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Annual Happening offers fun for all

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Tonja Musick, left, dances with Robbie O'Neal, 10, Saturday during Happening on the Common at the Tarboro Town Common.

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BY WILLIAM F. WEST
Staff Writer

Monday, May 20, 2019

TARBORO — Ask anyone attending the Happening on the Common why they come to the annual arts, crafts, food and music event and the sense of community pride comes up.

"It's always fun to come see your neighbors and friends — and see new people who are here and everything that's going on around here," Barbara Sykes, 71, a retired elementary school librarian, said on Saturday.

Sykes and her husband, Jack, also 71 and a retired high school teacher, have long been regulars at the event, which is held every third Saturday in May at the Town Common.

Jack Sykes also likes the setting of Happening on the Common having trees, which would help provide shade as temperatures would rise into the 90s later in the day.

"I wouldn't be out if it was on a ball field," he said.

And his wife said, "We're really fortunate that we have this town common because it's one of two in the nation."

The Town Common was established in 1760 by the legislative act creating the colonial town of Tarboro. The Town Common today is approximately 15 acres of grass, monuments and trees on the north side of Tarboro's central business district.

The Town Common is the second oldest such park-like setting in the nation, with the other being the more famous Boston Common, which dates as far back as 1634 and is 50 acres in size.

In Tarboro, Happening on the Common is sponsored by the Edgecombe County Cultural Arts Council, more commonly known as Edgecombe Arts, and by the town's government.

For a quarter of a century, Carol Banks has been running Happening on the Common.

Banks, 77, originally from England, directs the nearby historic Blount-Bridgers House, which houses Edgecombe Arts.

Banks said Saturday marked the 47th year of the event, which she noted is the oldest festival in the Tar Heel State.

As for how she and her team pull this off every year, she replied with a chuckle, "I don't know."

Banks said she has been doing Happening on the Common for so long this is second nature.

"And I know a lot of these vendors. This is the place they want to come because of the trees, because of the history. It's well known," she said.

She said the event on Saturday had 61 vendors, which was a record.

One of the attendees was Dr. Don Edmondson, 60, who is a semi-retired anesthesiologist.

Edmondson grew up in Tarboro, moved away and worked some 40 years in Cincinnati and Raleigh before returning to reside again in the town.

Happening on the Common appears to be a very low-key event, which Edmondson likes.

"I'm just a low-key guy," he said. "I like just hanging out and being outdoors. And the commons is always a pretty place to be. I mean, it's gorgeous out here."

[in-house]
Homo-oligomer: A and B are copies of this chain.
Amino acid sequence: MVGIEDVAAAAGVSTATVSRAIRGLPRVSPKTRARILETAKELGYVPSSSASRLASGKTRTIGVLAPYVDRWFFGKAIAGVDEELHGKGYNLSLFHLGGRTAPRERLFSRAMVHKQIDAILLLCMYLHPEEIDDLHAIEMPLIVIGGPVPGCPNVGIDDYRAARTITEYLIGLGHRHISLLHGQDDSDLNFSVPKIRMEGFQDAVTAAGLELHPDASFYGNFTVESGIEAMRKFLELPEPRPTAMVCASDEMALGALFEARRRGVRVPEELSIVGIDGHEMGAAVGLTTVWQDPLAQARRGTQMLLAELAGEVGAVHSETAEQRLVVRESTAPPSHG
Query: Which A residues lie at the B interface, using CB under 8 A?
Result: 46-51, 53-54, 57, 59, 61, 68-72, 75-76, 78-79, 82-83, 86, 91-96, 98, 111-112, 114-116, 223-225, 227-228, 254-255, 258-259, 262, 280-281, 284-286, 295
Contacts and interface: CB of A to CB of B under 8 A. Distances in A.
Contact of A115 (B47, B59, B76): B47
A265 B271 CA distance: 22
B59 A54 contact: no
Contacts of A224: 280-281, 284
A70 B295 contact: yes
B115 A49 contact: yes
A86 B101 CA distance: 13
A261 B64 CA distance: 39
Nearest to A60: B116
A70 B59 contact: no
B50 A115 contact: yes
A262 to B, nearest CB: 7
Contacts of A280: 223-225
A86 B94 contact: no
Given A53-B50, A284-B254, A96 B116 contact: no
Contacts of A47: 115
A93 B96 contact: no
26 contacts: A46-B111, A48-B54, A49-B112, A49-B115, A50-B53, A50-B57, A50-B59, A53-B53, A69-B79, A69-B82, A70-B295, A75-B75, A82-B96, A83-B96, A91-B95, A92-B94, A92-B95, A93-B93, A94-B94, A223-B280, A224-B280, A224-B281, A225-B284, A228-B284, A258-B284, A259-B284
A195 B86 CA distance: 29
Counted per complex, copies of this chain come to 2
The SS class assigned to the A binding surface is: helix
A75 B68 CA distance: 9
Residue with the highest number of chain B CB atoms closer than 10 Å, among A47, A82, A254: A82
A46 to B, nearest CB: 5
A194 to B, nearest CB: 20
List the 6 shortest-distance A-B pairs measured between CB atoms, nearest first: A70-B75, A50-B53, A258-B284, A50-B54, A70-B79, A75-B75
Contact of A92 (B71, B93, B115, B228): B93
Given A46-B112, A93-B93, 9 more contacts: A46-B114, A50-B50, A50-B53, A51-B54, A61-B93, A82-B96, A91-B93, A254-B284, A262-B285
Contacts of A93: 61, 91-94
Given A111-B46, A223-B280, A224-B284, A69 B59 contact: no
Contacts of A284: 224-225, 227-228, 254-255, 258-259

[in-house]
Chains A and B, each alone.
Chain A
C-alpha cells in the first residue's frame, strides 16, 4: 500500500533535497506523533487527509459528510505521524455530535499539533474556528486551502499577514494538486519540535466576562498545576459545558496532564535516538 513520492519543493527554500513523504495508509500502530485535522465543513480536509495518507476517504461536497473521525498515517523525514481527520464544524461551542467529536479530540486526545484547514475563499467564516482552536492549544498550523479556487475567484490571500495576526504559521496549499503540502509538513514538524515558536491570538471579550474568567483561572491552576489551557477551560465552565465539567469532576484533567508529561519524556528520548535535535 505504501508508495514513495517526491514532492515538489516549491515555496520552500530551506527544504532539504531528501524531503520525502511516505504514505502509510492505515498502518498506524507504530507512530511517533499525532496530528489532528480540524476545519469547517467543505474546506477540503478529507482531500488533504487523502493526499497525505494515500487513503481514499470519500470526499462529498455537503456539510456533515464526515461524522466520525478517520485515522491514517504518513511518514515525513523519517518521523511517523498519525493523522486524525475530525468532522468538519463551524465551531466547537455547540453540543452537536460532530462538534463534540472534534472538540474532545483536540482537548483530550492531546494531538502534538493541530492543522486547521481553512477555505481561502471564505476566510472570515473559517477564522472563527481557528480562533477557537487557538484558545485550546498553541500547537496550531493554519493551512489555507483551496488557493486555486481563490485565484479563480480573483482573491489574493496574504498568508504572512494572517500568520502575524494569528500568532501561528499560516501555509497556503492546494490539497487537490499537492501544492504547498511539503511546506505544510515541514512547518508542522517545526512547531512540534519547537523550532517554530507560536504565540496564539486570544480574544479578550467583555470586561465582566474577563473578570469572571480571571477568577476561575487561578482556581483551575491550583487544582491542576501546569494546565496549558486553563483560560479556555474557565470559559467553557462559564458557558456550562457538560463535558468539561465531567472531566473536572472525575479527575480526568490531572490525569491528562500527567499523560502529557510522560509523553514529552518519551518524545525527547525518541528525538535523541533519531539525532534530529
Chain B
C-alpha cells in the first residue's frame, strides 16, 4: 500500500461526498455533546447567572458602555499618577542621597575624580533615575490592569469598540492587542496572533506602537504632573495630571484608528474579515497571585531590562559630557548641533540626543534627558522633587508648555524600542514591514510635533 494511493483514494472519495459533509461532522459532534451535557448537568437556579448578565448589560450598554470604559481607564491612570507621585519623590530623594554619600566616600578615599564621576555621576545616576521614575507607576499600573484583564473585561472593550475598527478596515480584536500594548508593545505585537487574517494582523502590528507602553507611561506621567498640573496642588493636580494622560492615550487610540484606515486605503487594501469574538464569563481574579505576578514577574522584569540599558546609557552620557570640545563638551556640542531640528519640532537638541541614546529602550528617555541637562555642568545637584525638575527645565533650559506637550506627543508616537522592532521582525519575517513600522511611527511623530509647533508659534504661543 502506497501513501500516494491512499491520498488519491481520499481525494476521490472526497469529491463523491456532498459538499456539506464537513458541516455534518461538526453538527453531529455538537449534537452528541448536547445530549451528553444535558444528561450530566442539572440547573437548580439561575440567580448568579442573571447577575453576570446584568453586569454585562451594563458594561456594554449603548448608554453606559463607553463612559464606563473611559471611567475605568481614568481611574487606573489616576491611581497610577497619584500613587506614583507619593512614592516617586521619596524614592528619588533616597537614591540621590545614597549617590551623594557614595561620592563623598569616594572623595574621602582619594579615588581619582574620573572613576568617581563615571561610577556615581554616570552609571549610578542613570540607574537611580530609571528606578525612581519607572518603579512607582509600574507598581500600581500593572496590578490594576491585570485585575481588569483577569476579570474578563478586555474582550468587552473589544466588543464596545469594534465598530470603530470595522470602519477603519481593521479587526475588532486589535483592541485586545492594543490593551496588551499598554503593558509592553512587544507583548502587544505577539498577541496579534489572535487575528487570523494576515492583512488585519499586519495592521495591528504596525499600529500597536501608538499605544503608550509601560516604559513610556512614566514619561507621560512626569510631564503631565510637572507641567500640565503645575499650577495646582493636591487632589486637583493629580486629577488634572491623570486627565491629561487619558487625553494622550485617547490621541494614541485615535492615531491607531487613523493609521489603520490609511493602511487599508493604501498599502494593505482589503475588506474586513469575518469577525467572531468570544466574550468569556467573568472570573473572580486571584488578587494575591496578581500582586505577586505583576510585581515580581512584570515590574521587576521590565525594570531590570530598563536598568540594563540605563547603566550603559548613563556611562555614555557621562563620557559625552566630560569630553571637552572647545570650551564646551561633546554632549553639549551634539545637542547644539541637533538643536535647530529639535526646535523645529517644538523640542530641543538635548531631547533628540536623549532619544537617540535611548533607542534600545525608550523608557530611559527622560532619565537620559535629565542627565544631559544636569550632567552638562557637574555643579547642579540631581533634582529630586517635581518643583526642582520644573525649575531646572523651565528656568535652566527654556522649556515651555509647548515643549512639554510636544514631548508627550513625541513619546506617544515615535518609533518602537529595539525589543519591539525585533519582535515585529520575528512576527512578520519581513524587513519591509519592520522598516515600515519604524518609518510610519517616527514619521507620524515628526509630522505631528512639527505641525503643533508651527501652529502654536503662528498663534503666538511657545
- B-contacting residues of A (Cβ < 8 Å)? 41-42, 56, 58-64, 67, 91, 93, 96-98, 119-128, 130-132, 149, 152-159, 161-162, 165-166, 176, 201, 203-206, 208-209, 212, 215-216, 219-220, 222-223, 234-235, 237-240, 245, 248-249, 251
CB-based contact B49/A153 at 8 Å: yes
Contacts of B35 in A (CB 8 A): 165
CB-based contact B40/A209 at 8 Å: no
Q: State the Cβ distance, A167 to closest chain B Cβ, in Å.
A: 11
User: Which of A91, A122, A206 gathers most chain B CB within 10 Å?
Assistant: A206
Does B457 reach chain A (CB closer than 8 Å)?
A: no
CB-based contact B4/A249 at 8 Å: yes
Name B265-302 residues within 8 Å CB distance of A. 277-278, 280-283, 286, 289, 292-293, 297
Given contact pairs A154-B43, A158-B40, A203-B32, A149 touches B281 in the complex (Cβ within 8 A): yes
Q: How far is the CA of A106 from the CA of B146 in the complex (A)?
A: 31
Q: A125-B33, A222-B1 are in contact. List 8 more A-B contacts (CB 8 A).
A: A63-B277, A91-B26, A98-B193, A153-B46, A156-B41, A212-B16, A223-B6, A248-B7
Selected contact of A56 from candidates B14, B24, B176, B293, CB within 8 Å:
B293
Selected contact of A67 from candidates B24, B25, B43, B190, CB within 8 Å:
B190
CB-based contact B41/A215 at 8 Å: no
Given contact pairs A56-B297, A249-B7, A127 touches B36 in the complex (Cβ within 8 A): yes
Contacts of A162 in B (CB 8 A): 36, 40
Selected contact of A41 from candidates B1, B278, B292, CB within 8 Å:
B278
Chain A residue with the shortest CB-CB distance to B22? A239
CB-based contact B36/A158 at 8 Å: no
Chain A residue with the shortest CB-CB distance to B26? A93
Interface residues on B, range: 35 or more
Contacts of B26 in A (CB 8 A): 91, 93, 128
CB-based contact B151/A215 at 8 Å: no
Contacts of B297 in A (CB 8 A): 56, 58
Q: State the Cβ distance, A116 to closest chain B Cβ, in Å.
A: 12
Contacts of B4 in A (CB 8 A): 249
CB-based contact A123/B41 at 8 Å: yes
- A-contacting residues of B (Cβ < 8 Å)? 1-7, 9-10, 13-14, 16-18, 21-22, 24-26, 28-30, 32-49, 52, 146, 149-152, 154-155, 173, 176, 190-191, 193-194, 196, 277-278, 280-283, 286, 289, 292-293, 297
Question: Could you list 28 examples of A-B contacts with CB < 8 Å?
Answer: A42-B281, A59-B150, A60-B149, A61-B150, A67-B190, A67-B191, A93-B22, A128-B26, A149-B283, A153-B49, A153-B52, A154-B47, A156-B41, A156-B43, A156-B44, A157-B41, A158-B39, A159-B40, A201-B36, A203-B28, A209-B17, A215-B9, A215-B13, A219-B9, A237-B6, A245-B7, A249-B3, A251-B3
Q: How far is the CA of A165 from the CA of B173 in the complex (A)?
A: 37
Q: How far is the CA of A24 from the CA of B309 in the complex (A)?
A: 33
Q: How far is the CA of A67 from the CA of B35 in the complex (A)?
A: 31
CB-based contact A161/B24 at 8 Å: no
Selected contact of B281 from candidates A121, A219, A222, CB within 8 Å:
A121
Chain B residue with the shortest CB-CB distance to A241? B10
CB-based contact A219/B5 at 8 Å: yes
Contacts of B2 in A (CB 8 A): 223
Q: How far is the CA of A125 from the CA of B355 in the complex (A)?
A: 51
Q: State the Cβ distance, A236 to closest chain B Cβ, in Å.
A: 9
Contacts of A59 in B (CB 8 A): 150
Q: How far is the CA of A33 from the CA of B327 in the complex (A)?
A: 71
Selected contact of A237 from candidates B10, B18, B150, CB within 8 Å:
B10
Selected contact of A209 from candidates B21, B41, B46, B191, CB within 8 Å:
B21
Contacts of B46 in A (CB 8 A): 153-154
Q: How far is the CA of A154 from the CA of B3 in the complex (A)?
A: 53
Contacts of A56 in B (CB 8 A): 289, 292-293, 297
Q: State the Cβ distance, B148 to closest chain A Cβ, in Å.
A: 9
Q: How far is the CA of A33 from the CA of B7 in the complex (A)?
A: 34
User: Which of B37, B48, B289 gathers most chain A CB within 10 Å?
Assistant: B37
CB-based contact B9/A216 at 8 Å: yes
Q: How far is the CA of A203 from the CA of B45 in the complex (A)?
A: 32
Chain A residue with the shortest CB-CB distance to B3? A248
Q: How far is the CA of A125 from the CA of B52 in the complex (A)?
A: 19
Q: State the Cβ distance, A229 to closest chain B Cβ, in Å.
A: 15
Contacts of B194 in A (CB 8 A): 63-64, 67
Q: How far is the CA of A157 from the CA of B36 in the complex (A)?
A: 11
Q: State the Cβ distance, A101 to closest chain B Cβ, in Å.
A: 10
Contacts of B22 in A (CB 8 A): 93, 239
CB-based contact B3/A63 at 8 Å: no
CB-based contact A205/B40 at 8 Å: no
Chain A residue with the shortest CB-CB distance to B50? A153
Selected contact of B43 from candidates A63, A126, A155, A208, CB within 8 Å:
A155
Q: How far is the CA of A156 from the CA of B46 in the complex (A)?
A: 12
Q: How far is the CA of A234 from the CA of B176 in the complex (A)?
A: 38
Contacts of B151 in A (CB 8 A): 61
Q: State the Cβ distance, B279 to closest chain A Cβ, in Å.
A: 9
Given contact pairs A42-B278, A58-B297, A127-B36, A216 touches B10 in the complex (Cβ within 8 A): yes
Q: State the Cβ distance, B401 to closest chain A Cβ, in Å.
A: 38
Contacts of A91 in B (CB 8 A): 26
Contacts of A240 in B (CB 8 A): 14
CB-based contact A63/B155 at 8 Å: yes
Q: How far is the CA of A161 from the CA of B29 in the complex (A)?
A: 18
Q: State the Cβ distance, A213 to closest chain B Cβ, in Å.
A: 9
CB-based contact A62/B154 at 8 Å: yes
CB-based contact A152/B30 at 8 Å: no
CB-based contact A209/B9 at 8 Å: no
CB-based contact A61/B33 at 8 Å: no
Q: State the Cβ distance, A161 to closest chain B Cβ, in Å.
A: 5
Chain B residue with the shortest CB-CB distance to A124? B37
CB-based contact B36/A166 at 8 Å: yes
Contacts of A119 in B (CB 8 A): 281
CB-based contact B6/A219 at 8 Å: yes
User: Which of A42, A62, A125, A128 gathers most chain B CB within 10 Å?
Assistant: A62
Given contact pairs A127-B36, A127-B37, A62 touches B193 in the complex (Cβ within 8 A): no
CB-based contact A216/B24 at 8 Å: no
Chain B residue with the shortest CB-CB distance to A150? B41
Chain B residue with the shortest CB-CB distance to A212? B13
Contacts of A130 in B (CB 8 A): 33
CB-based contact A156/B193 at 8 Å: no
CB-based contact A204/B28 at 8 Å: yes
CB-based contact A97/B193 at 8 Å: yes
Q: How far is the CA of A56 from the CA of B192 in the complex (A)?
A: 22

Edmondson is hardly the only fan of Happening on the Common.

His partner, Dr. Jess Henderson, 46, a transplant from Raleigh, said, "I think this event is lovely. I love all the artisans and the homemade works."

With a smile and a laugh, Henderson added, "I'm super-interested in the metal works at the moment because I think I need a flamingo on a tricycle. Who doesn't?"

Edmondson was referring to the spot reserved for vendor Mike Winstead, 55, of the Temperance Hall community.

Winstead uses any kind of metal to create images of animals and characters.

He said he began doing so in 2015, when the weather outside was cold. He said he decided to make a likeness of a bird out of a rake and shovel and put his work in the front yard.

He said his wife and daughter loved what he did so much he responded by making more objects.

"And before long, I realized, 'Hey, God has given me a talent here'," he said.

He said Banks advised him to participate in Happening on the Common.

"It's exciting to see people enjoying my creativity and appreciating it. And that makes it well worthwhile," he said.

Henderson made clear she is in Tarboro to stay.

"I like that I have a huge sense of community here," Henderson said. "I know my neighbors. When I walk down the street, people know my name and look out for my children. I feel safe.

"You get to meet people — and it means something. I didn't know my neighbors in Raleigh, ever, and I lived there for 10 years."

Another visible vendor at the event was a food service team from St. Stephen Missionary Baptist Church.

"It's a great way for fellowship — and it's a great way for us to raise money for the church," said James Guilford, 53, who was part of the St. Stephen team.

The team was selling barbecue, coleslaw, French fries, fried fish and hot dogs.

And Guilford said business was so good, "I don't think we've had a good five seconds of rest."

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